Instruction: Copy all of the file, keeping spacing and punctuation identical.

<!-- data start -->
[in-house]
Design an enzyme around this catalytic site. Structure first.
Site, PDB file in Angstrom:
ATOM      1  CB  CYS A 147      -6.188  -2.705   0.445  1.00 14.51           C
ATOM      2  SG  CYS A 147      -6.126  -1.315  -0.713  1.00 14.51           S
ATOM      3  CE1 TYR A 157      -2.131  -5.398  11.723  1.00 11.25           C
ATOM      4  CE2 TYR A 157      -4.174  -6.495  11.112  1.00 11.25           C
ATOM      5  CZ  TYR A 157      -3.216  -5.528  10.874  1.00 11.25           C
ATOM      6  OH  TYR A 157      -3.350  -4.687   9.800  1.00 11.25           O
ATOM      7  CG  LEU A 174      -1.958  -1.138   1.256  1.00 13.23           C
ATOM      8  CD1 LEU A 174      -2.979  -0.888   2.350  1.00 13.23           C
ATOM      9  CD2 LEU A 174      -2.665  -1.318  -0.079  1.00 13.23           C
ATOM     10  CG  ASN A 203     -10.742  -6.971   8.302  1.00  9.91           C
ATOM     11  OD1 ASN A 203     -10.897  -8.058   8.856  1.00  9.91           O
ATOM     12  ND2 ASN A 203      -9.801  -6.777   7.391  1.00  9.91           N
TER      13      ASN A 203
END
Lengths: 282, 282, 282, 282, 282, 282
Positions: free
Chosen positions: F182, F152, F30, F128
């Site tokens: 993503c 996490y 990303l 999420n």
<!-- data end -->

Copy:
[in-house]
Design an enzyme around this catalytic site. Structure first.
Site, PDB file in Angstrom:
ATOM      1  CB  CYS A 147      -6.188  -2.705   0.445  1.00 14.51           C
ATOM      2  SG  CYS A 147      -6.126  -1.315  -0.713  1.00 14.51           S
ATOM      3  CE1 TYR A 157      -2.131  -5.398  11.723  1.00 11.25           C
ATOM      4  CE2 TYR A 157      -4.174  -6.495  11.112  1.00 11.25           C
ATOM      5  CZ  TYR A 157      -3.216  -5.528  10.874  1.00 11.25           C
ATOM      6  OH  TYR A 157      -3.350  -4.687   9.800  1.00 11.25           O
ATOM      7  CG  LEU A 174      -1.958  -1.138   1.256  1.00 13.23           C
ATOM      8  CD1 LEU A 174      -2.979  -0.888   2.350  1.00 13.23           C
ATOM      9  CD2 LEU A 174      -2.665  -1.318  -0.079  1.00 13.23           C
ATOM     10  CG  ASN A 203     -10.742  -6.971   8.302  1.00  9.91           C
ATOM     11  OD1 ASN A 203     -10.897  -8.058   8.856  1.00  9.91           O
ATOM     12  ND2 ASN A 203      -9.801  -6.777   7.391  1.00  9.91           N
TER      13      ASN A 203
END
Lengths: 282, 282, 282, 282, 282, 282
Positions: free
Chosen positions: F182, F152, F30, F128
């Site tokens: 993503c 996490y 990303l 999420n």